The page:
DARKNESS, LIGHT and THE WANDERER Written by: Kathleen James
The Washhouse Gallery, Rozelle, 29 June 18 July 2004
The major themes of Nussinovs work were well represented in his recent virtuoso exhibition Light of Darkness at the Washhouse Gallery, where the light paintings celebrating life were hung on the left-hand wall of the main room, and the darker more introspective works on the right-hand wall. The works explore the interplay of light and darkness, journeys, the artist as wanderer or outsider, language, memory, and personal and cultural symbolism. Fragments of languages: words, hieroglyphs, sinuous scripts are written on the body of these paintings, like a primal mark-making, as if to question human attempts to label and classify the universe. Underpinning it all is a great love of Nature and the inexhaustible variety of organic life. Nussinovs mainly figurative works range from sombre surrealistic internal landscapes to large, joyous, expressionistic, semi-abstract landscapes, and to more realistic paintings of people and particular remembered places.
On the Mud Flat 1 is a realist work showing a birds eye view of children wading in sandy shallow water, painted in acrylic washes. With its tall scroll-like format it superbly evokes a specific place in Pittwater in Sydney, a vast shimmering waterway with mud flats and rock pools. Nussinov has captured the complete naturalness of children playing, looking for crabs and shells, and the transparent waves rippling with light.
At the same period Nussinov painted Magnolia a sensuous appreciation of Springtime and the miraculous in Nature. The lines of the blossoming tree in full sunshine have an almost musical rhythm. The fine supple brushstrokes capture the light moving in the leaves and blossoms, a meditation on the act of seeing.
In this pantheistic vein he painted the tondo Claiming Rights, which shows a naked man astride a gigantic white bird flying over its nest. There are mythical figures in a celestial space above, and down below the figures of primitive people at one with the earth. Does the bird in this painting represent the possibilities of flight, journeys, the lure of the unknown, versus the pull of ones homeland, the urge to belong, to stay and claim ownership? Nussinov knows the wrench of emigration, the experience of being an outsider in a new culture and language, the excitement of exploration as well as the longing for home. The artist migrated to Australia in 1975 after studying cinematography and lighting at film school in London. He was born and lived in Israel, and his familys roots are also in Germany and the Ukraine.
The earth-bound figures in Claiming Rights embody a particularly masculine energy or life force. Underlining this the artist has written calligraphically the Hebrew letter Zayin, which crudely translated means penis, but also stands for asserting your rights, your identity. Again blue predominates in this work, the most spiritual of colours, suggesting a sense of longing. The artist thins acrylic paint to create his luminous watercolour effects.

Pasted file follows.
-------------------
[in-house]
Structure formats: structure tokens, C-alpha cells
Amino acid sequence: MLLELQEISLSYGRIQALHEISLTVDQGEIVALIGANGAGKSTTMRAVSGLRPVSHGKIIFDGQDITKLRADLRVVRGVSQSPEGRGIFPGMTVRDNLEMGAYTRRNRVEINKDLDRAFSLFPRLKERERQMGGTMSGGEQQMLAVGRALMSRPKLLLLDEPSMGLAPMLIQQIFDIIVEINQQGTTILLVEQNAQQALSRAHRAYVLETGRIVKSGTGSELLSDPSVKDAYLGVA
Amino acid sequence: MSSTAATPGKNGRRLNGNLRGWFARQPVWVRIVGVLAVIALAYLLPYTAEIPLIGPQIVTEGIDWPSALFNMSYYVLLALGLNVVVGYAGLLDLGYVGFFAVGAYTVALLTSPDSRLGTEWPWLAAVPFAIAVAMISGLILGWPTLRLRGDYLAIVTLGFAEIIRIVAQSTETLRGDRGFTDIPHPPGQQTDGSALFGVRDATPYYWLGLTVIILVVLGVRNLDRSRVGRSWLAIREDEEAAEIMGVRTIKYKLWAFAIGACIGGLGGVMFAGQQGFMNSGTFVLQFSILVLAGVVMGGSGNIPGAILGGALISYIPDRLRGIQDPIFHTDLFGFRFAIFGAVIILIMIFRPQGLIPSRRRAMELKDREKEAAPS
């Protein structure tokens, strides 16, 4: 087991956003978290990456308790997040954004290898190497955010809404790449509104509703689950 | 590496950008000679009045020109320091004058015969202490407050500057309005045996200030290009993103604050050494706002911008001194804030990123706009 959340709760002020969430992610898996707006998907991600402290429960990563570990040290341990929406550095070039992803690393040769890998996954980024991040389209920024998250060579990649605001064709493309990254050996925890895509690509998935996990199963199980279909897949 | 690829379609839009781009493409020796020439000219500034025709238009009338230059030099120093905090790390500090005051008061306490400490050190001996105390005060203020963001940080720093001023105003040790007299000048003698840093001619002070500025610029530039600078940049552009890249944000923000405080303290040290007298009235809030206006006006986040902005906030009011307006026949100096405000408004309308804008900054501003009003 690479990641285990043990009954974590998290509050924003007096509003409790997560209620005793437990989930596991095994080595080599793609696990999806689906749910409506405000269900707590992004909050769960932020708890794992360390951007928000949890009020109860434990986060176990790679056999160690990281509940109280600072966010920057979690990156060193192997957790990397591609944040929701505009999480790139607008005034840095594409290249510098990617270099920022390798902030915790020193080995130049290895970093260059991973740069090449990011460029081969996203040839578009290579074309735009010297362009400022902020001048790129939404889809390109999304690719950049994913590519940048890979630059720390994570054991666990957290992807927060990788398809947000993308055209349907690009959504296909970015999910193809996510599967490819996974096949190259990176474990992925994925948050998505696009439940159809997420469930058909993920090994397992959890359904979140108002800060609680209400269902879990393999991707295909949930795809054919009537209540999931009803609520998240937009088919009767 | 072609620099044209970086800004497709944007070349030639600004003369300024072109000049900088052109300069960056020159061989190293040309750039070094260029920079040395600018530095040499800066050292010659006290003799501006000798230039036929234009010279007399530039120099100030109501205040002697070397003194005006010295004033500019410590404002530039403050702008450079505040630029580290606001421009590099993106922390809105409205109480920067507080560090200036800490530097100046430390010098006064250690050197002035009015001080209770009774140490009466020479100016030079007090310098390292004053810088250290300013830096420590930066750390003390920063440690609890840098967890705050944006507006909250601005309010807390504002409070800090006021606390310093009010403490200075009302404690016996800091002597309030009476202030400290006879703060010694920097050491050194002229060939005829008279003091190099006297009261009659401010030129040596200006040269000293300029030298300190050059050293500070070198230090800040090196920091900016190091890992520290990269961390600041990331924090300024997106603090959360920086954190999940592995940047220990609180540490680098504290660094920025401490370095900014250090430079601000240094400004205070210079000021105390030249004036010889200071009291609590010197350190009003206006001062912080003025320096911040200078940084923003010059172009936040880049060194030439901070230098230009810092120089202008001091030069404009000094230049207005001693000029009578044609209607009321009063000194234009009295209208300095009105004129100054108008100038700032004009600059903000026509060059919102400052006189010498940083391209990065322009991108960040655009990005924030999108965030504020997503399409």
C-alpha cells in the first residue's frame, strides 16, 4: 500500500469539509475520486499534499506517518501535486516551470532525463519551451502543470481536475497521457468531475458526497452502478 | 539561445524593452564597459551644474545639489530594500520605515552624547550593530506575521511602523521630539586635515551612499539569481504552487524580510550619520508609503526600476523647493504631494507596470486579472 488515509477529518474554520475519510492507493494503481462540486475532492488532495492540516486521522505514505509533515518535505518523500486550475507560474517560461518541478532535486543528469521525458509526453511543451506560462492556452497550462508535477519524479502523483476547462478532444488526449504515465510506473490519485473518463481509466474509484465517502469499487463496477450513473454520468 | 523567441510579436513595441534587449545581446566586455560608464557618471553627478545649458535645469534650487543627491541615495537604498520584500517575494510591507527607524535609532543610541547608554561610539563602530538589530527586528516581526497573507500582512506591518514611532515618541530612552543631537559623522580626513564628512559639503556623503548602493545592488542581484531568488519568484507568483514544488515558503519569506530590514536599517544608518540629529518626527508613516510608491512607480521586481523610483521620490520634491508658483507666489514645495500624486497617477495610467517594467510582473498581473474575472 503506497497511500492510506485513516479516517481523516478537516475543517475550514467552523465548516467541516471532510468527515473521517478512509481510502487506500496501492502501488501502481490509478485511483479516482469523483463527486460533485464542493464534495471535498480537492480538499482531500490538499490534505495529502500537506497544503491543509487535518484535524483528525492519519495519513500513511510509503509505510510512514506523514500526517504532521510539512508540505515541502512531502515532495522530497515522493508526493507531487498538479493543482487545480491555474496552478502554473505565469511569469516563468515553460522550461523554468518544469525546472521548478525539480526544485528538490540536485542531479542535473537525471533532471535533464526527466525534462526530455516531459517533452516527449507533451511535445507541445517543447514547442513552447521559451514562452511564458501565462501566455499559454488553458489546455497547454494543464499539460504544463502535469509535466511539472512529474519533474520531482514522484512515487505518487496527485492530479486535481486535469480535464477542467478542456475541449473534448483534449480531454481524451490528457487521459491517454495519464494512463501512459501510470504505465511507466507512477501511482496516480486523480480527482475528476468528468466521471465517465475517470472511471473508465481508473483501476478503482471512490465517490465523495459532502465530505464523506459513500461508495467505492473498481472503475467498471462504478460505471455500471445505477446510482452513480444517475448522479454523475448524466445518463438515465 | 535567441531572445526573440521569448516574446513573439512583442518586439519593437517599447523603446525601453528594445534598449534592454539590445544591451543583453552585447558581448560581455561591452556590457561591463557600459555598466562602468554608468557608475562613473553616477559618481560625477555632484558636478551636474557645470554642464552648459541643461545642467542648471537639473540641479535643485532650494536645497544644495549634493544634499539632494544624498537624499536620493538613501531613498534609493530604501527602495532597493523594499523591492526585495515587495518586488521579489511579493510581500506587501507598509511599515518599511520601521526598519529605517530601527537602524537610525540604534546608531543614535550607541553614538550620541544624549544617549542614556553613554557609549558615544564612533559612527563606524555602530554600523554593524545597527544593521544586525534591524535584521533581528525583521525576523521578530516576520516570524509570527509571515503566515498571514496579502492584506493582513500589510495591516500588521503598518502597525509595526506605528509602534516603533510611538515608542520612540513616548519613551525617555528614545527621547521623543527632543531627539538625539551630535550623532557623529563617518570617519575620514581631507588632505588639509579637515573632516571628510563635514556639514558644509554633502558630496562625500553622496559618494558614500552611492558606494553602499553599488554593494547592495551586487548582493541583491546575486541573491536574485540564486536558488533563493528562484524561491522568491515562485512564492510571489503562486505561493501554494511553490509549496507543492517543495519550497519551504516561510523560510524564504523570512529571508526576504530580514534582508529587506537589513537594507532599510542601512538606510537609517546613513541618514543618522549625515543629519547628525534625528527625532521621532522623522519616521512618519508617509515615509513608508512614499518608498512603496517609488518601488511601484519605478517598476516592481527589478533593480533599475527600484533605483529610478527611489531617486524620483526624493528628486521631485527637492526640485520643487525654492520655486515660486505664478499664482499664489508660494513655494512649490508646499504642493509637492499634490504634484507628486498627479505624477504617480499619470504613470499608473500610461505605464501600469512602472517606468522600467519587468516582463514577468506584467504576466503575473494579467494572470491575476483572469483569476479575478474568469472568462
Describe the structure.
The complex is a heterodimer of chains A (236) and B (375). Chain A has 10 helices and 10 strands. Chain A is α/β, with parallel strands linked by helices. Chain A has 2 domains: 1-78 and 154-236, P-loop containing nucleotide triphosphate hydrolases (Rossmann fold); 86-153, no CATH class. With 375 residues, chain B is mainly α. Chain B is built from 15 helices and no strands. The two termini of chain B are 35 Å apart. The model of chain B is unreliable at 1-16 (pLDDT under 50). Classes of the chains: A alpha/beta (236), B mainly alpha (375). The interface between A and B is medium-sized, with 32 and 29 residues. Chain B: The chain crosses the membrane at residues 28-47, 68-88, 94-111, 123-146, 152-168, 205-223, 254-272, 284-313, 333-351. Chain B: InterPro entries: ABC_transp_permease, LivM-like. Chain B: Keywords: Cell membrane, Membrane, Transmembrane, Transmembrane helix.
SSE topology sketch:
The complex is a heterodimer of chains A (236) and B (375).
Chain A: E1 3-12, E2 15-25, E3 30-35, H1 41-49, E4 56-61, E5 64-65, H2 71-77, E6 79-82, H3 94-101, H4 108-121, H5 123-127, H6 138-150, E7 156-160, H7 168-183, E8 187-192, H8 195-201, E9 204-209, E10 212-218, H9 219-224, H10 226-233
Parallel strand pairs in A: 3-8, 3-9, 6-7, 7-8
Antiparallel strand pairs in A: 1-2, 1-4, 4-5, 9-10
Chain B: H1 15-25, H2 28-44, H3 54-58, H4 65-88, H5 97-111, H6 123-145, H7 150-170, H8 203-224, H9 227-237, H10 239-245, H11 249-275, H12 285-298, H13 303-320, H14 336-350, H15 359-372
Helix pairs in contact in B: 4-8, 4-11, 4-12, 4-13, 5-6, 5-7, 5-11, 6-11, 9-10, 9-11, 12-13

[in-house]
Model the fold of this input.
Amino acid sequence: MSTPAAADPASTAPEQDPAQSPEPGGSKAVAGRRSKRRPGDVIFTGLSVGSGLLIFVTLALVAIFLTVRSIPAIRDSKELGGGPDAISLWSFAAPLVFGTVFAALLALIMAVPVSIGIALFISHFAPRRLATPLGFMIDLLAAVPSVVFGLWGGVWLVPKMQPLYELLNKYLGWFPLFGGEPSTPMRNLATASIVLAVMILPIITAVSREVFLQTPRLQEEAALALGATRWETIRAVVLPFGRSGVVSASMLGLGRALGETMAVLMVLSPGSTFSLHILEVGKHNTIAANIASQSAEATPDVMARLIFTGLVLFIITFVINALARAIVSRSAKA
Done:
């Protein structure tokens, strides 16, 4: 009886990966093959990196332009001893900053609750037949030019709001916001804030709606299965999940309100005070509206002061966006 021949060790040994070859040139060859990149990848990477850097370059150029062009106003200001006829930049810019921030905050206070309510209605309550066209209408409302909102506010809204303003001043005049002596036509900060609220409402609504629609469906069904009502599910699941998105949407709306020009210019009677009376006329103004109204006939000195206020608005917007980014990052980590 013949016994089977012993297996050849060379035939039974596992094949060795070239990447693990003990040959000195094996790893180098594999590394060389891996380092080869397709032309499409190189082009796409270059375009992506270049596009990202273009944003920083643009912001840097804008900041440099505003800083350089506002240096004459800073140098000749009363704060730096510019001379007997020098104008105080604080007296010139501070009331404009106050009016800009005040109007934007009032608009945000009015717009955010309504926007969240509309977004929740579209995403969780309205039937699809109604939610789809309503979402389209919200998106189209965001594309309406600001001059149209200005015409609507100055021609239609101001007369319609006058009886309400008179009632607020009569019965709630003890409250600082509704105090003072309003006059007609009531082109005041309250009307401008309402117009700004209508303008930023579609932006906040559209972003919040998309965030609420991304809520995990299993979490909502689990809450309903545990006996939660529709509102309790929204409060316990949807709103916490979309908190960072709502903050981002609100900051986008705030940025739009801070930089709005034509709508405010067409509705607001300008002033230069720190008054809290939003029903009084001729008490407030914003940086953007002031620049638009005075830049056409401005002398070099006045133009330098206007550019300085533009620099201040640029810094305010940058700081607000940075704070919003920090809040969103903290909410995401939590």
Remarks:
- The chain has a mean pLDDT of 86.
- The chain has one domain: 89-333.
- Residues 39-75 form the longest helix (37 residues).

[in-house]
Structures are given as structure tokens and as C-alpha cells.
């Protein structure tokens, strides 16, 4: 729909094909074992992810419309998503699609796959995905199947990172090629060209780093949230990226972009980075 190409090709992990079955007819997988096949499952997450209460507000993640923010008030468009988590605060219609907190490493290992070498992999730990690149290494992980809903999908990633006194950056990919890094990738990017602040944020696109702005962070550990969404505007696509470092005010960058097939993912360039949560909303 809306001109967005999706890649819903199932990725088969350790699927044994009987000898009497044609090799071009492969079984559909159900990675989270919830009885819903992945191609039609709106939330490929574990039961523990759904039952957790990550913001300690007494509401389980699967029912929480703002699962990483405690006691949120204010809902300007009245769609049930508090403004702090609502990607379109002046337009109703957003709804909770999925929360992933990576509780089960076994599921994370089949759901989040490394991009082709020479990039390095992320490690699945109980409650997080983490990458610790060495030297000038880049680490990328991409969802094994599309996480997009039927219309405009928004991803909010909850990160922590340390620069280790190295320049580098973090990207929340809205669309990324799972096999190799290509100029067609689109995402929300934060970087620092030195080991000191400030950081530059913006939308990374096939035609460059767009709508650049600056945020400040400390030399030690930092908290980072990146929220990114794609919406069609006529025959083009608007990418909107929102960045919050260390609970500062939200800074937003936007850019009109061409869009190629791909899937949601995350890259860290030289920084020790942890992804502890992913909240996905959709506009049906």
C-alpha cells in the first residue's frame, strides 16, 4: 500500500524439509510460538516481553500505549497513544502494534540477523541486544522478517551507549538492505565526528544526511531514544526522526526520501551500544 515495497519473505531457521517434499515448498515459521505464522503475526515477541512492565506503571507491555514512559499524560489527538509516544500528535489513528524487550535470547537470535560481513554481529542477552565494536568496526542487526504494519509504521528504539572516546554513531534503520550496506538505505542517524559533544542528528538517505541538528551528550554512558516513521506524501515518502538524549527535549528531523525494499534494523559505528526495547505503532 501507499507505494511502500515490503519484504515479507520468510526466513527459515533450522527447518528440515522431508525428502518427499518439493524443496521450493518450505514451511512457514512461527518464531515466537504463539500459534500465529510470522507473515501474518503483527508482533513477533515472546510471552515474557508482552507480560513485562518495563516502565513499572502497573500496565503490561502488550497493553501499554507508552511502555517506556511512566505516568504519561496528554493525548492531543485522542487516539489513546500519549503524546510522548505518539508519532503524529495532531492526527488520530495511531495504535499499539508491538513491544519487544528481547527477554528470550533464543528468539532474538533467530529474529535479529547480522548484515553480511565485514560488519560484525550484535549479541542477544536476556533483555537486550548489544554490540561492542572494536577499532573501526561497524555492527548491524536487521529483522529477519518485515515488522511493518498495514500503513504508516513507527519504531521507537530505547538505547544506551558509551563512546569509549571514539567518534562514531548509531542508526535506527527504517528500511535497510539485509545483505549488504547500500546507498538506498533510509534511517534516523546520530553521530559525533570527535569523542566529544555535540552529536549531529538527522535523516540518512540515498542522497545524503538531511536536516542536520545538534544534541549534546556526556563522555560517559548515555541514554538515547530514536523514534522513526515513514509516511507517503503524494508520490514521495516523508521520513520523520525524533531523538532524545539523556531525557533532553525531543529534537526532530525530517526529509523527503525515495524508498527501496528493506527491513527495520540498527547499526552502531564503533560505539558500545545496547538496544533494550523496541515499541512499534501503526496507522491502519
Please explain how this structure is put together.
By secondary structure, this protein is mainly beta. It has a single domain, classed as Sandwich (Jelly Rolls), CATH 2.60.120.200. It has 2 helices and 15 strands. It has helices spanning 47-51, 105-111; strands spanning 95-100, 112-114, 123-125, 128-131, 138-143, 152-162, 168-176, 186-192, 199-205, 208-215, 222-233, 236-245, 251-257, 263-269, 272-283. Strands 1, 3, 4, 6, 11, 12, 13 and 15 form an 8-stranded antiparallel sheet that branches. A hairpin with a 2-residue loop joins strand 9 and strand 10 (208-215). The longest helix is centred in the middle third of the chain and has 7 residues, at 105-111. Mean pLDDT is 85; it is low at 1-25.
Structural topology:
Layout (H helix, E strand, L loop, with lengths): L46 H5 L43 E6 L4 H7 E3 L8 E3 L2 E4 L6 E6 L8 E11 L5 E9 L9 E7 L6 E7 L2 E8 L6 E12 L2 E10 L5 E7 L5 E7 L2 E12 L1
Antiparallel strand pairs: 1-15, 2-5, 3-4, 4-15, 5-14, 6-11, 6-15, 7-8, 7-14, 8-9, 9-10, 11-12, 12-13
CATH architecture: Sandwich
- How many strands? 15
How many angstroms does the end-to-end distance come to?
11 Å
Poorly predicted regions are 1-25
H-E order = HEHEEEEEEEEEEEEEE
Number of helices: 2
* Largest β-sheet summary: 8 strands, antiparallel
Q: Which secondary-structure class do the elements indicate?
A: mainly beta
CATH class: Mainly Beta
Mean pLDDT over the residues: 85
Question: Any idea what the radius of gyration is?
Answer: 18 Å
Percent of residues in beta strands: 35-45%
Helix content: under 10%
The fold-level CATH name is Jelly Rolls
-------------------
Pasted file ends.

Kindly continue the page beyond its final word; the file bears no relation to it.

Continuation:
In some of his other visionary works there are figures like falling angels, whilst other figures are struggling upwards. Movement 1 is a spontaneous-looking painting in warm tones that conveys the restless energy of life in a state of metamorphosis, in contrast to his more structured figurative works.
Splash is a large mural-like acrylic light painting with a joyous freedom, evoking the teeming life of Nature. Water, sky, reflections, and earth melt together as colours merge gradually from cool to warm. There is a rich range of blended tones here, and sinuous lines suggesting the multiple journeys of living things across the face of the earth. The painter has alternated light and dark touches until the work as a whole achieves a sublime harmony. It resonates like a great chord of orchestral music, homage to the energy and connectedness of all life.
The companion work Splatter is similarly built up from translucent acrylic washes and multiple sketches of organic forms, the layers of paint and pastels used expressionistically to suggest an apocalyptic vision.
Transfiguration is another large, free, semi-abstract landscape, a much darker one, where lively natural forms emerge from a blue/black background in glowing colours. One of the most mystical and enigmatic of his works, it has the atmosphere of a dream. Figures, animals, birds, fish, plants, trees, rocks, buildings, bridges, waterfalls, even a volcano, float in a kind of oceanic fluid, like time itself. Like any dream journey it is full of ambiguities, on one viewing you might read a form as a human figure, but another time you might see it differently, whilst other forms emerge or melt back again into the primordial night. Nussinov reminds us of the diversity of organic life and the swirling currents of water and air around the planet. He is a natural philosopher, and the work has an epic breadth, like Gauguins Where do we come from? What are we? Where are we going? of 1897. He shows how, like all living things, we are caught up in the life cycle of Nature: birth, growth, maturity, ageing and death. His technique in these darker works is to start with a black background and build up layers of acrylics or pastels in blues and glowing colours, balancing the light sources and highlights, whilst the black underneath unifies it all.
The triptych of smaller works 'Light of Darkness' features surrealistic 'internal' landscapes, where Nussinov has again started with black, working in layers of luminous pastels, achieving rich textural effects by pressing the pastel into the board with his fingers. In 'Light of Darkness 1' a figure floats over a whirling vortex, symbolising perhaps the transience of the human journey through life. Near the figure twirls the arabesque of a sash. This is one of the painter's recurring symbols, a ribbon-like sash twirling into a 'figure eight,' and here it anchors downwards. Nussinov acknowledges life's essential mystery in this open-ended eternity symbol, which could also stand for identity, consciousness, and language.....